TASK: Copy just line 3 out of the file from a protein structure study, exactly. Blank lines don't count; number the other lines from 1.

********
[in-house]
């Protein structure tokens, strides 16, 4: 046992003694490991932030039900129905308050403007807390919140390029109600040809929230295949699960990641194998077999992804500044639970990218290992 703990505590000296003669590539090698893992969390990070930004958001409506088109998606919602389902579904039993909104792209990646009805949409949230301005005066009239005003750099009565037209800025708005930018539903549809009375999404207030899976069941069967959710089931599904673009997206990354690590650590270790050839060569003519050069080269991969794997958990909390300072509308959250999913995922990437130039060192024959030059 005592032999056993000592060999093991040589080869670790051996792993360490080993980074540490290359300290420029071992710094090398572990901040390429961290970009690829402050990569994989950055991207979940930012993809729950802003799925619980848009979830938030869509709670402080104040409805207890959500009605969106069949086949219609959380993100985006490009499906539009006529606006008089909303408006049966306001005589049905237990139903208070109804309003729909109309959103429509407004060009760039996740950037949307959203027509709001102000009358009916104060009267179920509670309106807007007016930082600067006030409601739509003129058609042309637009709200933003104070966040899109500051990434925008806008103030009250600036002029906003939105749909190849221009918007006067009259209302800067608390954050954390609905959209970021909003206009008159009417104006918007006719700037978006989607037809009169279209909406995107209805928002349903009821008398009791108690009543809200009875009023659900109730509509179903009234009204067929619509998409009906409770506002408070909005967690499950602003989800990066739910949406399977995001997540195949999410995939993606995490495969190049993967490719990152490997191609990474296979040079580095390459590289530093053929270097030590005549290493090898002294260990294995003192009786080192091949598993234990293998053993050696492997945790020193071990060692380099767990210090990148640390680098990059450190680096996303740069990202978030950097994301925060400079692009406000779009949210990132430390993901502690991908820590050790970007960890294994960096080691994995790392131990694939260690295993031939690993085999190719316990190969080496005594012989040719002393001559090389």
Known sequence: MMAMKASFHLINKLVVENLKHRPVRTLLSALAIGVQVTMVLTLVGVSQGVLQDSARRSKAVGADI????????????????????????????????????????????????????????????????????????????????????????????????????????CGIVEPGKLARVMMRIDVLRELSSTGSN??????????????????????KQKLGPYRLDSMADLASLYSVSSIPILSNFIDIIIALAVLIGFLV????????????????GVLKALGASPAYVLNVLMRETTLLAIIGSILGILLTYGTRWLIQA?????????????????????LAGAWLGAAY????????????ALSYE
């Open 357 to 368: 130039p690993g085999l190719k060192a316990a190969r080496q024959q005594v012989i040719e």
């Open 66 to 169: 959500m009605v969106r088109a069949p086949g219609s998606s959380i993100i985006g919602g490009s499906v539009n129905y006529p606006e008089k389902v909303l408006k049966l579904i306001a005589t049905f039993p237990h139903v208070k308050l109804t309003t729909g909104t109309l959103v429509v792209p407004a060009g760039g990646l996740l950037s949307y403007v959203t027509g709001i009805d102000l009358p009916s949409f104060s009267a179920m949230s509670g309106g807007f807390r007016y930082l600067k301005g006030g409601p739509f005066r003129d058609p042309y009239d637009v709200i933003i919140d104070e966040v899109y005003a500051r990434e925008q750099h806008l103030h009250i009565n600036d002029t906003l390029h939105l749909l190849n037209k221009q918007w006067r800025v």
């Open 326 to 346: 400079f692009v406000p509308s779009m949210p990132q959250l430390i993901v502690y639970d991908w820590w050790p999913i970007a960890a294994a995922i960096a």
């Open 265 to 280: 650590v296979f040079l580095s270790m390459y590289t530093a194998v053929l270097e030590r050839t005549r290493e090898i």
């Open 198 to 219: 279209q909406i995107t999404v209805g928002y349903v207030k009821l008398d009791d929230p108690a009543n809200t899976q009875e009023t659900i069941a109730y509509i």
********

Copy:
Known sequence: MMAMKASFHLINKLVVENLKHRPVRTLLSALAIGVQVTMVLTLVGVSQGVLQDSARRSKAVGADI????????????????????????????????????????????????????????????????????????????????????????????????????????CGIVEPGKLARVMMRIDVLRELSSTGSN??????????????????????KQKLGPYRLDSMADLASLYSVSSIPILSNFIDIIIALAVLIGFLV????????????????GVLKALGASPAYVLNVLMRETTLLAIIGSILGILLTYGTRWLIQA?????????????????????LAGAWLGAAY????????????ALSYE